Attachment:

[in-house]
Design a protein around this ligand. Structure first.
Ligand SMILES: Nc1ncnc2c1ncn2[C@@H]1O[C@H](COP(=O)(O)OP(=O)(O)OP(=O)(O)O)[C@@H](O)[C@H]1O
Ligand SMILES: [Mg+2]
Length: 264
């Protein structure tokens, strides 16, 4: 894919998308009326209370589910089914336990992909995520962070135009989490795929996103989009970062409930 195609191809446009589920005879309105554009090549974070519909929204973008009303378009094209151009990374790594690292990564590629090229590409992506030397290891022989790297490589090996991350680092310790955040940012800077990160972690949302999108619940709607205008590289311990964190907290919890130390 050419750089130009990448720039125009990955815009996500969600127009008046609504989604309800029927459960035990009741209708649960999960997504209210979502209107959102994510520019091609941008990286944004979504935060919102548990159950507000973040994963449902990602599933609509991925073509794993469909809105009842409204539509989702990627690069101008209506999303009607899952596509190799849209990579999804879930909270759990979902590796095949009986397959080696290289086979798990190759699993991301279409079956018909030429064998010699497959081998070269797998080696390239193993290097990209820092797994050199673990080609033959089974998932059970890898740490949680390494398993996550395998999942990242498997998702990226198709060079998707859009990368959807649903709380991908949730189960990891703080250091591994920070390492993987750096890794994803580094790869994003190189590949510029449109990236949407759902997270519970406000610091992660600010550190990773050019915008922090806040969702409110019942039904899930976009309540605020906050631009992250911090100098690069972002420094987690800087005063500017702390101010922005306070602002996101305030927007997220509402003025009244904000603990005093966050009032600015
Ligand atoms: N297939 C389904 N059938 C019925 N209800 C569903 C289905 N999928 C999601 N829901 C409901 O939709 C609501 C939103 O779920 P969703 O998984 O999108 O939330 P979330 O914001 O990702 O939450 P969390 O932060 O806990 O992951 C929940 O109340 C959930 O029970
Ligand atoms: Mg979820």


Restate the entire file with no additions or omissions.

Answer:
[in-house]
Design a protein around this ligand. Structure first.
Ligand SMILES: Nc1ncnc2c1ncn2[C@@H]1O[C@H](COP(=O)(O)OP(=O)(O)OP(=O)(O)O)[C@@H](O)[C@H]1O
Ligand SMILES: [Mg+2]
Length: 264
């Protein structure tokens, strides 16, 4: 894919998308009326209370589910089914336990992909995520962070135009989490795929996103989009970062409930 195609191809446009589920005879309105554009090549974070519909929204973008009303378009094209151009990374790594690292990564590629090229590409992506030397290891022989790297490589090996991350680092310790955040940012800077990160972690949302999108619940709607205008590289311990964190907290919890130390 050419750089130009990448720039125009990955815009996500969600127009008046609504989604309800029927459960035990009741209708649960999960997504209210979502209107959102994510520019091609941008990286944004979504935060919102548990159950507000973040994963449902990602599933609509991925073509794993469909809105009842409204539509989702990627690069101008209506999303009607899952596509190799849209990579999804879930909270759990979902590796095949009986397959080696290289086979798990190759699993991301279409079956018909030429064998010699497959081998070269797998080696390239193993290097990209820092797994050199673990080609033959089974998932059970890898740490949680390494398993996550395998999942990242498997998702990226198709060079998707859009990368959807649903709380991908949730189960990891703080250091591994920070390492993987750096890794994803580094790869994003190189590949510029449109990236949407759902997270519970406000610091992660600010550190990773050019915008922090806040969702409110019942039904899930976009309540605020906050631009992250911090100098690069972002420094987690800087005063500017702390101010922005306070602002996101305030927007997220509402003025009244904000603990005093966050009032600015
Ligand atoms: N297939 C389904 N059938 C019925 N209800 C569903 C289905 N999928 C999601 N829901 C409901 O939709 C609501 C939103 O779920 P969703 O998984 O999108 O939330 P979330 O914001 O990702 O939450 P969390 O932060 O806990 O992951 C929940 O109340 C959930 O029970
Ligand atoms: Mg979820």